North Texas athletic director Wren Baker looked into his past on Thursday to put into perspective what could be in the school’s future.
UNT had officially made the jump to the American Athletic Conference from Conference USA just hours before, putting the school in the same spot Memphis was in a few years ago.
Baker was an administrator at Memphis when it joined the American. The Tigers were terrible then, at least when it came to football.
Memphis finished 4-8 in their last year in C-USA before going 3-9 in their first year in the American.
Memphis went 19-7 the next two seasons, finished the 2014 campaign ranked No. 25 nationally and were suddenly on their way to better days as a program.
“We had a bad Conference USA football team when we made this transition to the American,” Baker said. “The opportunity allowed us to grow that program.”
UNT officials have long believed the school has the potential to make a dramatic jump if it could capitalize on its potential the way Memphis did. It’s been a struggle for UNT at times to get there in a variety of sports, and that is putting it mildly.
UNT is where it is today after one of the notable days in program history because school officials and the Mean Green’s fans aren’t the only ones who can see the program’s potential in football and other sports that matter.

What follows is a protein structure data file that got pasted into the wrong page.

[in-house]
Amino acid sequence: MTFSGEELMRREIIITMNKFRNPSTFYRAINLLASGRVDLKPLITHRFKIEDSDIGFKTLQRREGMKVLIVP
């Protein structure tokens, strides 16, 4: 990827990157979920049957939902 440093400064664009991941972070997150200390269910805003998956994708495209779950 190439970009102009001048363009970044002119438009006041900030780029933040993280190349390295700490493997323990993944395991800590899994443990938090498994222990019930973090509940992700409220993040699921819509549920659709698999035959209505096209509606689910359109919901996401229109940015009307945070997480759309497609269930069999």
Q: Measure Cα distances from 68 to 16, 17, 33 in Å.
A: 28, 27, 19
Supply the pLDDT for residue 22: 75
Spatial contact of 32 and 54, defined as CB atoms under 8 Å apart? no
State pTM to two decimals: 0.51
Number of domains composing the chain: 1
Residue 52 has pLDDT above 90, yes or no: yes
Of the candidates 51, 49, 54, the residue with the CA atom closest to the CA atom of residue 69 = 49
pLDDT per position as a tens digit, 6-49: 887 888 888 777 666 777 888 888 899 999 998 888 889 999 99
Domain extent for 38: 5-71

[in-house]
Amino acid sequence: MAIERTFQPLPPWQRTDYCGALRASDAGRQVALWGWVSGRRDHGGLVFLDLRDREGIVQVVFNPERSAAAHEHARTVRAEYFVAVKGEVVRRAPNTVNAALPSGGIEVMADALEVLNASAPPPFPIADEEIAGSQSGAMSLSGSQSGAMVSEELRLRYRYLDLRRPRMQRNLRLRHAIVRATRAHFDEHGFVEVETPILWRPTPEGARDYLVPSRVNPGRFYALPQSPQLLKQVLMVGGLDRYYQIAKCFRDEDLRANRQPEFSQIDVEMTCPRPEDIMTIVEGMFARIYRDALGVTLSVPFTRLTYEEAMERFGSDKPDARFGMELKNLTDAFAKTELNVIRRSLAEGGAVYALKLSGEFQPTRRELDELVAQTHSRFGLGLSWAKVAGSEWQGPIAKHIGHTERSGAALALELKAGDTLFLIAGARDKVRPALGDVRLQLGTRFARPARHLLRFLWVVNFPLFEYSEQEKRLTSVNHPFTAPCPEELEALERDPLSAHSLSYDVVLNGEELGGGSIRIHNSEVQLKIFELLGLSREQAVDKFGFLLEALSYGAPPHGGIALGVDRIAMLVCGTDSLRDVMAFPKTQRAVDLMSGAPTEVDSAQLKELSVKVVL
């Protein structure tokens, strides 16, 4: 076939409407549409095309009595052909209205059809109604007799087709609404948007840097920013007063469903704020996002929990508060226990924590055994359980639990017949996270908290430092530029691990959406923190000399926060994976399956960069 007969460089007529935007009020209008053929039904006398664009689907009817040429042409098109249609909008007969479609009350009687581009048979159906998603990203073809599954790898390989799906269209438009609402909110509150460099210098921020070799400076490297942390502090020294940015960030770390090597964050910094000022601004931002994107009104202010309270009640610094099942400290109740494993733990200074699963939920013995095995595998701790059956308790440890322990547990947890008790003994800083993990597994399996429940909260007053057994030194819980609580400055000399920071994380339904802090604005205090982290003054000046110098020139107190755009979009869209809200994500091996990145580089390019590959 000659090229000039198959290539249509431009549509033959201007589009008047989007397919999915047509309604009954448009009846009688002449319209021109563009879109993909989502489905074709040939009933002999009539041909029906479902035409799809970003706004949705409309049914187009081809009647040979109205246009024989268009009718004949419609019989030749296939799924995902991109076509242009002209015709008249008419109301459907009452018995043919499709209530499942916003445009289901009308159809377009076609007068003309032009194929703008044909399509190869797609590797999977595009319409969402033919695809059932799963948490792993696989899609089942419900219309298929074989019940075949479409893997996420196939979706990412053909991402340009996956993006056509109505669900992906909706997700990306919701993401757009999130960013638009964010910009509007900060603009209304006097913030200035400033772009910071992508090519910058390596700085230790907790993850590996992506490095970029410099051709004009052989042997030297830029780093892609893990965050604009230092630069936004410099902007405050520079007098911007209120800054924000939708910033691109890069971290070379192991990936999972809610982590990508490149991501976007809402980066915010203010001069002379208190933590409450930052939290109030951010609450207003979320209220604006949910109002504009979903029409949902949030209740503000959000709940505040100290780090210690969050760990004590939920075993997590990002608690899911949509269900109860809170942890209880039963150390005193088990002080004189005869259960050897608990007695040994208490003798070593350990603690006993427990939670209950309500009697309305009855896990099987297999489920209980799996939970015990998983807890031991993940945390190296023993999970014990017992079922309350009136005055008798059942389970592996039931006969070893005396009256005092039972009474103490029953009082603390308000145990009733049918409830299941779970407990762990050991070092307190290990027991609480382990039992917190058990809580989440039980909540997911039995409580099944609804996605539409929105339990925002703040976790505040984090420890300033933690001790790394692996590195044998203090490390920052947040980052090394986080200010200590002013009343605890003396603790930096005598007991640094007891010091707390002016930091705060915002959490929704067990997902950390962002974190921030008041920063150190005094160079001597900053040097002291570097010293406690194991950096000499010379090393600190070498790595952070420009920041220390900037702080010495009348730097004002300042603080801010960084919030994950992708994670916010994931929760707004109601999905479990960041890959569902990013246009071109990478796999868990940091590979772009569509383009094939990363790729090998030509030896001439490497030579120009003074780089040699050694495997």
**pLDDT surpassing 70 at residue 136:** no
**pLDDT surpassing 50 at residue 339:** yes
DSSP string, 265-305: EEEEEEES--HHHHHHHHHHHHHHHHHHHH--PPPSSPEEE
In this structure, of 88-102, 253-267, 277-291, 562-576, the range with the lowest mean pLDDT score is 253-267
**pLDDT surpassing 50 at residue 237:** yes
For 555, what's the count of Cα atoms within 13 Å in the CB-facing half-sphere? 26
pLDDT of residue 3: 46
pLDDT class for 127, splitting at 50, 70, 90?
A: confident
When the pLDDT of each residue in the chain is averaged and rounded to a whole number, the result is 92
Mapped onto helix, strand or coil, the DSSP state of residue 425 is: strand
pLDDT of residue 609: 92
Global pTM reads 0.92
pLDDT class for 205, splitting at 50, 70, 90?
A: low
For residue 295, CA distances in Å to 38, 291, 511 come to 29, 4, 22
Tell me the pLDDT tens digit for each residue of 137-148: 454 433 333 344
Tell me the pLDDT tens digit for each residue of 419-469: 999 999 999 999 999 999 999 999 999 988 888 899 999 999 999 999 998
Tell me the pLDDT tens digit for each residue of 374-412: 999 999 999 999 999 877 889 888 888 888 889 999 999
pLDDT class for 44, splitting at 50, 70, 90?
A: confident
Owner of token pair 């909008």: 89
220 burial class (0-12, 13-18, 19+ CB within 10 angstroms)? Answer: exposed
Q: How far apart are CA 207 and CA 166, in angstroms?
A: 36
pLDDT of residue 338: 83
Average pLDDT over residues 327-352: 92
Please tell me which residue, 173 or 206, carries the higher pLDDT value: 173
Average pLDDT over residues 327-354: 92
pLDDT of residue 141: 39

Officials at the American can see it as well.
“There’s no question potential was a big factor,” American commissioner Mike Aresco said during Thursday’s press conference to introduce UNT and five other schools that joined the league from C-USA. “It means an awful lot. We’re a conference that wants to continue to grow, improve and be a factor at the highest levels of college athletics.”
The American has made waves in college athletics over the last few years with its Power Six campaign. The league and its members aren’t satisfied being left on the outside looking in at the elite Power Five conferences in college football that garner a lion’s share of the attention and opportunities.
The American wants to be a part of the club and isn’t afraid to say it. Baker jumped on board with that campaign just hours after UNT joined the league.
“The American has clearly established itself under commissioner Mike Aresco as the Power Six,” Baker said. “They’ve done that through vision and through evidence. And they’ve backed it up.”
The challenge now for UNT is to contribute to that effort. The Mean Green may seem like they are a long way from reaching that goal now — heading into a game on Saturday against Liberty at Apogee Stadium.
The Mean Green are 1-5 on the season and have lost five straight. If there is one lesson Baker has learned from his experience in C-USA during his stay at Memphis, it’s that the league provides an opportunity to improve in a hurry.
The challenge is to capitalize. UNT has a great home in Apogee Stadium and terrific facilities. Now they have a great conference home as well.
Baker has always been confident that UNT could inch toward its ceiling as a program. Now UNT has a stronger foundation to do what Memphis did a few years ago as a member of the American. He isn’t the only one who has confidence in UNT’s potential.
The Mean Green would still be in C-USA if he was.
“What we feel strongly about is we are investing in people we think have that vision,” Aresco said of the people at the American’s new schools, including UNT. “After going through this process, I am more convinced than ever that they will not only make the investment, but they also have the vision.”